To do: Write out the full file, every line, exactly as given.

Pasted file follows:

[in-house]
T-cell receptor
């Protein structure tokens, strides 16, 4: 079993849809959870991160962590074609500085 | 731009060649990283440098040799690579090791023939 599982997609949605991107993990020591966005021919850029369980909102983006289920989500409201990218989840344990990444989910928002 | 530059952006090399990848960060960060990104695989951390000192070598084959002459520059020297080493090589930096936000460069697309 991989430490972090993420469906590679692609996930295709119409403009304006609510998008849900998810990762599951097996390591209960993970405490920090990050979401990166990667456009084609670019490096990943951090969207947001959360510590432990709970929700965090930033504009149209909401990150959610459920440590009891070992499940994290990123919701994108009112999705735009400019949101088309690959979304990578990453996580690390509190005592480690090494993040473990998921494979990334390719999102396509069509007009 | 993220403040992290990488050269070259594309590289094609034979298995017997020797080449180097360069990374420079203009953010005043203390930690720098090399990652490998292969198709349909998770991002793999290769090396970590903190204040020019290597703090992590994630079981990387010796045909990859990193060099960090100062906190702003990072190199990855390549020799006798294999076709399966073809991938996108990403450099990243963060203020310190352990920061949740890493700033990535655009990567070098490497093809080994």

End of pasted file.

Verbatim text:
[in-house]
T-cell receptor
């Protein structure tokens, strides 16, 4: 079993849809959870991160962590074609500085 | 731009060649990283440098040799690579090791023939 599982997609949605991107993990020591966005021919850029369980909102983006289920989500409201990218989840344990990444989910928002 | 530059952006090399990848960060960060990104695989951390000192070598084959002459520059020297080493090589930096936000460069697309 991989430490972090993420469906590679692609996930295709119409403009304006609510998008849900998810990762599951097996390591209960993970405490920090990050979401990166990667456009084609670019490096990943951090969207947001959360510590432990709970929700965090930033504009149209909401990150959610459920440590009891070992499940994290990123919701994108009112999705735009400019949101088309690959979304990578990453996580690390509190005592480690090494993040473990998921494979990334390719999102396509069509007009 | 993220403040992290990488050269070259594309590289094609034979298995017997020797080449180097360069990374420079203009953010005043203390930690720098090399990652490998292969198709349909998770991002793999290769090396970590903190204040020019290597703090992590994630079981990387010796045909990859990193060099960090100062906190702003990072190199990855390549020799006798294999076709399966073809991938996108990403450099990243963060203020310190352990920061949740890493700033990535655009990567070098490497093809080994």